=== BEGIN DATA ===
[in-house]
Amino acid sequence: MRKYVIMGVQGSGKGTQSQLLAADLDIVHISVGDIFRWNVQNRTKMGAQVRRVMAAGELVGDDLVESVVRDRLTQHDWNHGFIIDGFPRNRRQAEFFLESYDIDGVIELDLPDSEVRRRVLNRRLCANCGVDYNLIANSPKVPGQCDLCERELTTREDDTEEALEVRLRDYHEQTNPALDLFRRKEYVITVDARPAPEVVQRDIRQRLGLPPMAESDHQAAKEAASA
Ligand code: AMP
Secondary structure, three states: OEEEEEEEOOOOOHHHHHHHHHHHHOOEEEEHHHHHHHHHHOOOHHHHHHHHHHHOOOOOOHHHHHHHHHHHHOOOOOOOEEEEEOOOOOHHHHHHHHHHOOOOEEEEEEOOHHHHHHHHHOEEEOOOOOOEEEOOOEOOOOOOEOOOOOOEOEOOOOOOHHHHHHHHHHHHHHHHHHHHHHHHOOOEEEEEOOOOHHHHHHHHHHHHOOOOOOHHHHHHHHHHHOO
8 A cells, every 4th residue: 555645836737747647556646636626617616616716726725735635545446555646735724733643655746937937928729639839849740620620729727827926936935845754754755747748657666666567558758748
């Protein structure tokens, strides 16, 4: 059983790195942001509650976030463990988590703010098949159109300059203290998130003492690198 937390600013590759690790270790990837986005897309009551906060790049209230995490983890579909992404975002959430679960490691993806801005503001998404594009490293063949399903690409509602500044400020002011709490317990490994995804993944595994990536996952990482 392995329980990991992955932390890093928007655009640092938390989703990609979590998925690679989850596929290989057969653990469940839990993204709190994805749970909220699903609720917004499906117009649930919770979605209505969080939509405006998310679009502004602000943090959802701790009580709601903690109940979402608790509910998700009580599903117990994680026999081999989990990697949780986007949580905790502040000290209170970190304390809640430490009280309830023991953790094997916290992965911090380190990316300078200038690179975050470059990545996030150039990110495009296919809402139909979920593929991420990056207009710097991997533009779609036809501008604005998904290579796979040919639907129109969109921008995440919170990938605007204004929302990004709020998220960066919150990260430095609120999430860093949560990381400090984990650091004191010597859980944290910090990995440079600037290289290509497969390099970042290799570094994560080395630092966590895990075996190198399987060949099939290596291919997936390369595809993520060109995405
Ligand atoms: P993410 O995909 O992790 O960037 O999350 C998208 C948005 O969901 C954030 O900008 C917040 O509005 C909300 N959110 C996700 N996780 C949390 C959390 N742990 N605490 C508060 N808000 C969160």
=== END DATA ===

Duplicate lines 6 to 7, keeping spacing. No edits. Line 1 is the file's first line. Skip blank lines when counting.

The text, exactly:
């Protein structure tokens, strides 16, 4: 059983790195942001509650976030463990988590703010098949159109300059203290998130003492690198 937390600013590759690790270790990837986005897309009551906060790049209230995490983890579909992404975002959430679960490691993806801005503001998404594009490293063949399903690409509602500044400020002011709490317990490994995804993944595994990536996952990482 392995329980990991992955932390890093928007655009640092938390989703990609979590998925690679989850596929290989057969653990469940839990993204709190994805749970909220699903609720917004499906117009649930919770979605209505969080939509405006998310679009502004602000943090959802701790009580709601903690109940979402608790509910998700009580599903117990994680026999081999989990990697949780986007949580905790502040000290209170970190304390809640430490009280309830023991953790094997916290992965911090380190990316300078200038690179975050470059990545996030150039990110495009296919809402139909979920593929991420990056207009710097991997533009779609036809501008604005998904290579796979040919639907129109969109921008995440919170990938605007204004929302990004709020998220960066919150990260430095609120999430860093949560990381400090984990650091004191010597859980944290910090990995440079600037290289290509497969390099970042290799570094994560080395630092966590895990075996190198399987060949099939290596291919997936390369595809993520060109995405
Ligand atoms: P993410 O995909 O992790 O960037 O999350 C998208 C948005 O969901 C954030 O900008 C917040 O509005 C909300 N959110 C996700 N996780 C949390 C959390 N742990 N605490 C508060 N808000 C969160």